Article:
5) Be prepared to offer a second subject
Based on the aforementioned competition within the PE market, headteachers will be looking for candidates who can offer something extra to the school community. With secondary settings operating more and more like businesses, senior leaders will seek any opportunity to reduce costs and employ people who can teach across more than one subject.
My current teacher of physical education role
Take my current position, I was employed not only as a physical education teacher but also delivering Key Stage 3 Science. For an academy, rather than employing an experienced teacher higher up the pay scale, hiring a Newly Qualified Teacher who can teach an additional subject is very cost effective.
Personally, my background isn’t in this subject area but having studied Psychology, this was something I drew upon when asked about my interests in other subjects alongside physical education. I saw this as a great opportunity to develop my practice and pedagogical knowledge in delivering a subject that is not my first discipline.
Play to your strengths or at least your interests
Applicants may see this in job descriptions where schools have explicitly emphasised the ability to offer a second subject. Clearly, this is something you will need to think about, as if the second subject is Maths for example, and if like me this wasn’t a strength of yours in school then perhaps looking to apply elsewhere maybe a sensible option.
However, assessing what your strengths are and considering a part-time physical education role with another subject will not only stand you in good stead for employability but also further develop your skills as an education professional.
6) Feedback is good, but isn’t the full picture
It goes without saying that if you aren’t successful in securing the position, always ask the employer for feedback. The positives of this clearly allow you to reflect on what went well and what didn’t go so well and where you can improve going forward into the next interview. However, what I started to realise was that the feedback you were given in one interview is perhaps totally irrelevant to another.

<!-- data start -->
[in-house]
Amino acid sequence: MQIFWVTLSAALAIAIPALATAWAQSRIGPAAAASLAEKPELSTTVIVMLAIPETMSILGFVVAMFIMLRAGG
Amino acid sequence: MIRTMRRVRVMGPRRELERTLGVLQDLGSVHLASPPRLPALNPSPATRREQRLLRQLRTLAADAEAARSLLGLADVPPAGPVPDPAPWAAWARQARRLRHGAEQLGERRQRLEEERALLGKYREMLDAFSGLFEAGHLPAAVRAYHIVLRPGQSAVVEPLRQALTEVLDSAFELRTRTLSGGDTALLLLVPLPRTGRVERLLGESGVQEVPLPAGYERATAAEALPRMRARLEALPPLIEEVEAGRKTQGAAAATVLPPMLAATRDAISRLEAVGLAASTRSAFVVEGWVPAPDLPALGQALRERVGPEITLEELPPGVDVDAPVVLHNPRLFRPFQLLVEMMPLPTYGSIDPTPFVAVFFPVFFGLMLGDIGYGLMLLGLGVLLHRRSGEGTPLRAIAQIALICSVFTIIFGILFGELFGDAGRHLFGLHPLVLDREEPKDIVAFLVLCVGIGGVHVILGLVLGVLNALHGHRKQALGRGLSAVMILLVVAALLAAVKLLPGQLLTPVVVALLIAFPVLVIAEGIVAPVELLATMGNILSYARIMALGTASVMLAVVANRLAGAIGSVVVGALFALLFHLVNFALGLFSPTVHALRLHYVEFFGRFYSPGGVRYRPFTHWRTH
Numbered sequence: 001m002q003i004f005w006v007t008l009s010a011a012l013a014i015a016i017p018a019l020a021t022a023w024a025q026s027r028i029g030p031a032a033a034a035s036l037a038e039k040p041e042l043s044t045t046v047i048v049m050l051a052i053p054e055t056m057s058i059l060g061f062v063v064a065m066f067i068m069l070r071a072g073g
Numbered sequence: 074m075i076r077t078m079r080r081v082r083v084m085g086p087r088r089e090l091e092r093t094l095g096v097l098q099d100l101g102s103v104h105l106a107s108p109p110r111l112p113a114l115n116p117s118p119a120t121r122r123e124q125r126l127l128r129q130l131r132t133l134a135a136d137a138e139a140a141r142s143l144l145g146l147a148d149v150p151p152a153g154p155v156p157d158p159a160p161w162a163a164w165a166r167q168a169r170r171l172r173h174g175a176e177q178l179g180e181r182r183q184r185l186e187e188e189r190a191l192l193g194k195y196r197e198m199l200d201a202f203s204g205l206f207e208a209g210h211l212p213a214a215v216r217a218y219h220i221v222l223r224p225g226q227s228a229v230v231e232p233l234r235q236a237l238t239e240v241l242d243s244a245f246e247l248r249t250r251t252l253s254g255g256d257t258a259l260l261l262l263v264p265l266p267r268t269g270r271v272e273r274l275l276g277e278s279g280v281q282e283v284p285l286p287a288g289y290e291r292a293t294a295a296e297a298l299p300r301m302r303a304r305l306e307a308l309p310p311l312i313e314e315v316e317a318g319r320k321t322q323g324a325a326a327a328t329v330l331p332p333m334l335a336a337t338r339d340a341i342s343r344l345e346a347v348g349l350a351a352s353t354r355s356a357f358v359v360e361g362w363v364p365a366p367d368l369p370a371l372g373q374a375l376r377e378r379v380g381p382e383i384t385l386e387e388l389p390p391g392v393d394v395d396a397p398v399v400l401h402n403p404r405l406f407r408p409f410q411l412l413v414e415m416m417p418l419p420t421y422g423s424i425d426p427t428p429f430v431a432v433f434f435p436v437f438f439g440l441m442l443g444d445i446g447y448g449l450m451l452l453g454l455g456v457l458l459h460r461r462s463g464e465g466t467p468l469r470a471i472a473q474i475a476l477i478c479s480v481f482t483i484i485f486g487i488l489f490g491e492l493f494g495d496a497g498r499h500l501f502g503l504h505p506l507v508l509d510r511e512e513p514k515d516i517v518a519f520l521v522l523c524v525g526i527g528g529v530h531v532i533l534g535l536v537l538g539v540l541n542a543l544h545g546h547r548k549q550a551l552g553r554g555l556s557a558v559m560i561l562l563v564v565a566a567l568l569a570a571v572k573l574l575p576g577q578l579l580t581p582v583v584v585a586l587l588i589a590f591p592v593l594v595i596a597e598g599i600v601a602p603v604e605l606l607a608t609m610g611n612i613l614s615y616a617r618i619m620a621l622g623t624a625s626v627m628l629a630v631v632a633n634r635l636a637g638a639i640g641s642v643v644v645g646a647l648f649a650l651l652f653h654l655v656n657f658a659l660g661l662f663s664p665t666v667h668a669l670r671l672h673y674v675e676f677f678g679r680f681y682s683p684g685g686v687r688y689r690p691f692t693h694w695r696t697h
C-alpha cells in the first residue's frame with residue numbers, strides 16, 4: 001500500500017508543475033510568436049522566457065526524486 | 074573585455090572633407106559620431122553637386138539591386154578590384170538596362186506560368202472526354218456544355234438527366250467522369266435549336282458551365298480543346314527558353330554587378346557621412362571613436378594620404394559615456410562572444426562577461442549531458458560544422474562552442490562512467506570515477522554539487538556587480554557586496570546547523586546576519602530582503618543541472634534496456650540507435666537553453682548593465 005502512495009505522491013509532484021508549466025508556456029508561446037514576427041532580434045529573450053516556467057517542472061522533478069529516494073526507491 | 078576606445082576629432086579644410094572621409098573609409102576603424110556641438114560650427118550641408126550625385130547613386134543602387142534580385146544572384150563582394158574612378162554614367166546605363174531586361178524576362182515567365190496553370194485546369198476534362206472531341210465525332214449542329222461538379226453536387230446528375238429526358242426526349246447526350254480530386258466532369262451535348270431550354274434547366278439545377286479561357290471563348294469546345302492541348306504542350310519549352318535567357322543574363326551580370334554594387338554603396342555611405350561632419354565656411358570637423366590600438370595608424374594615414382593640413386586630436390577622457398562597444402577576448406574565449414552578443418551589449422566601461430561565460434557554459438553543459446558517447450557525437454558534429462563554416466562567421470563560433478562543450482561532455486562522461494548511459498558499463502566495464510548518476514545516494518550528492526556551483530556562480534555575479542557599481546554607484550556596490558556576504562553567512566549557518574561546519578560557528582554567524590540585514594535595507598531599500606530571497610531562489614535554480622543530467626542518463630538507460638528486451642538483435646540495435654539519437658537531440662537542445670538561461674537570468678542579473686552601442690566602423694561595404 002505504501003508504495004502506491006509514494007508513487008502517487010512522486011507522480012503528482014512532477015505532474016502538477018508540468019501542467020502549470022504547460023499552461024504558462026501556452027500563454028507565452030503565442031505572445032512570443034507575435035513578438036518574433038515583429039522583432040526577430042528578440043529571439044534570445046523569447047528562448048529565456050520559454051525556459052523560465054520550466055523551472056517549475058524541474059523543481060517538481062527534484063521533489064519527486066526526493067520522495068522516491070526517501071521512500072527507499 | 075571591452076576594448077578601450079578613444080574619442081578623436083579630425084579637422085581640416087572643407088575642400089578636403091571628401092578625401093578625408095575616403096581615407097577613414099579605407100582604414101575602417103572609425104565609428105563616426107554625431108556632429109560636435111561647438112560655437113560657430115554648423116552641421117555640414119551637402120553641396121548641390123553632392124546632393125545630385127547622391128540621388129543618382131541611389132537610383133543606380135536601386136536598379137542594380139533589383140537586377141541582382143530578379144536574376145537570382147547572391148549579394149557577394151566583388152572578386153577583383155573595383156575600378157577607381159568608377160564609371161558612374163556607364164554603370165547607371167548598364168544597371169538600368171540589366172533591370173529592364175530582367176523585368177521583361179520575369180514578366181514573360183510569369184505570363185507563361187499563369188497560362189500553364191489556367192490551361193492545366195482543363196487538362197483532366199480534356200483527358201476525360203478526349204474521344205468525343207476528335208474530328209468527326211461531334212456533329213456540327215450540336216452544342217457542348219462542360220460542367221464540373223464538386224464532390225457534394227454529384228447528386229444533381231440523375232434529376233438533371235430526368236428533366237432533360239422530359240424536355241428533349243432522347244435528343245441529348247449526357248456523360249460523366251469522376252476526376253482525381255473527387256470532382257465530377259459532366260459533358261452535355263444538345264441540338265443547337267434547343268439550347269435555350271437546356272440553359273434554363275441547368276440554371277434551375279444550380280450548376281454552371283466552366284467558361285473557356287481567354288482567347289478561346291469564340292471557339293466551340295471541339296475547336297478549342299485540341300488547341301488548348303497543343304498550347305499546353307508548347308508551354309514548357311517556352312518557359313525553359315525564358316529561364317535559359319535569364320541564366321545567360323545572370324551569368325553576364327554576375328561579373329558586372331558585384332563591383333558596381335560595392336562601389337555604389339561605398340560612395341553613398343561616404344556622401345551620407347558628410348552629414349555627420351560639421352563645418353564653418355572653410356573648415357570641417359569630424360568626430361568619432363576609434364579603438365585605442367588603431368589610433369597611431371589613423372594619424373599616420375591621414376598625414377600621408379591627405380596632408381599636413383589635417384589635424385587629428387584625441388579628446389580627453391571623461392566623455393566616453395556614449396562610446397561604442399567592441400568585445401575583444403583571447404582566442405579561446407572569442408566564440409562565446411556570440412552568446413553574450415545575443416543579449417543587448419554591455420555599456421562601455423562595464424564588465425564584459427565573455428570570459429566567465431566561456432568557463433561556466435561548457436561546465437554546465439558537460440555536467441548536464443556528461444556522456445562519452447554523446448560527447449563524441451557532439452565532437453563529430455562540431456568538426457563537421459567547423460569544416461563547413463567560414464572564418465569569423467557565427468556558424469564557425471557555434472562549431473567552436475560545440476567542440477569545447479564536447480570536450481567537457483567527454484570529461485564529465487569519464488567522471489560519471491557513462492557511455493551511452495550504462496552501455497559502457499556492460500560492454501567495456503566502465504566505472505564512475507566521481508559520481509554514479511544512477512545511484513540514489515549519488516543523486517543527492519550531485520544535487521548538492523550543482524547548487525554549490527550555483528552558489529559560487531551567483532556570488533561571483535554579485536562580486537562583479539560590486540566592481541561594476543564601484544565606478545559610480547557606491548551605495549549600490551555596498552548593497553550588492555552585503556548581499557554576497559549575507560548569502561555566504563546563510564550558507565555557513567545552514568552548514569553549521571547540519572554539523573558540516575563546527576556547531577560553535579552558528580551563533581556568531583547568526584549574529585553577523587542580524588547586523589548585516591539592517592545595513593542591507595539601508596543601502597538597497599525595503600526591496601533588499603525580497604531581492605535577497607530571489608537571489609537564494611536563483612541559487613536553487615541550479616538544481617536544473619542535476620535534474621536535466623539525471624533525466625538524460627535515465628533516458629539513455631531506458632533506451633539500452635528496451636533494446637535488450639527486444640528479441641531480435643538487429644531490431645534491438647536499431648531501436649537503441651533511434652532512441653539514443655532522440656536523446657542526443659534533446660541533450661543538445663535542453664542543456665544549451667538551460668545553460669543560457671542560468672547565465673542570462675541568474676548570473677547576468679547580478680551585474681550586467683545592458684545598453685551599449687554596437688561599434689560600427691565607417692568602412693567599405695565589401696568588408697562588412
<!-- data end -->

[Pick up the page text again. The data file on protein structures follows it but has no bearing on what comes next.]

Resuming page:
For example, despite getting down to the final three at one interview, the feedback I was given was simply to gain more sporting qualifications. This I felt was important, however it gave me no idea on how my lessons went, how I did in the interview which meant I couldn’t truly gauge how I came across. Feedback whether positive, constructive or non-existent dust yourself off and log back onto the pe teacher jobs board.
Feedback is highly subjective
What started to become apparent, was the feedback from one school was completely irrelevant to another purely based on what they were looking for, the other candidates on the day and that saying of “if your face fits.” If we break down what feedback is, it is simply the opinion of one person from their own unique experiences and contextualising that based on what they have seen. If you were to ask for feedback on the same lesson or interview from a different school or teacher, it will of course be articulated and contextualised in a different way based on what their views are and what they look for.
However, I would emphasise that on other occasions, I have been provided with some very detailed and useful feedback from schools who have taken a lot of time out of their day to support me and I was very appreciative of. The key is to reflect on the experience and contextualise the feedback in order to make sense of it.
Concluding thoughts on becoming a physical education teacher
The barriers to gaining that first full-time teacher of PE role are as arduous as they are numerous. The six principles I have outlined hopefully corroborate this for current physical education trainees and have provided some useful tips that allow for some light at what can seem like a dark and endless tunnel when applying for jobs. Hopefully after reading this it might increase your chances of being the successful candidate at interview! I wish everyone seeking a physical education teacher position every success in attaining that goal.
The power of networking, traveling further afield and contextualising feedback are just some of the tools I used which now, on reflection, put me in a much better position. In doing so, I have entered a profession that I feel privileged to be in. I hope this post helps others who are in pursuit of their first pe teacher job.
About the Author:
This guest blog was written by Luke Jones – physical educator currently based in Wrexham, as an Early Career Teacher.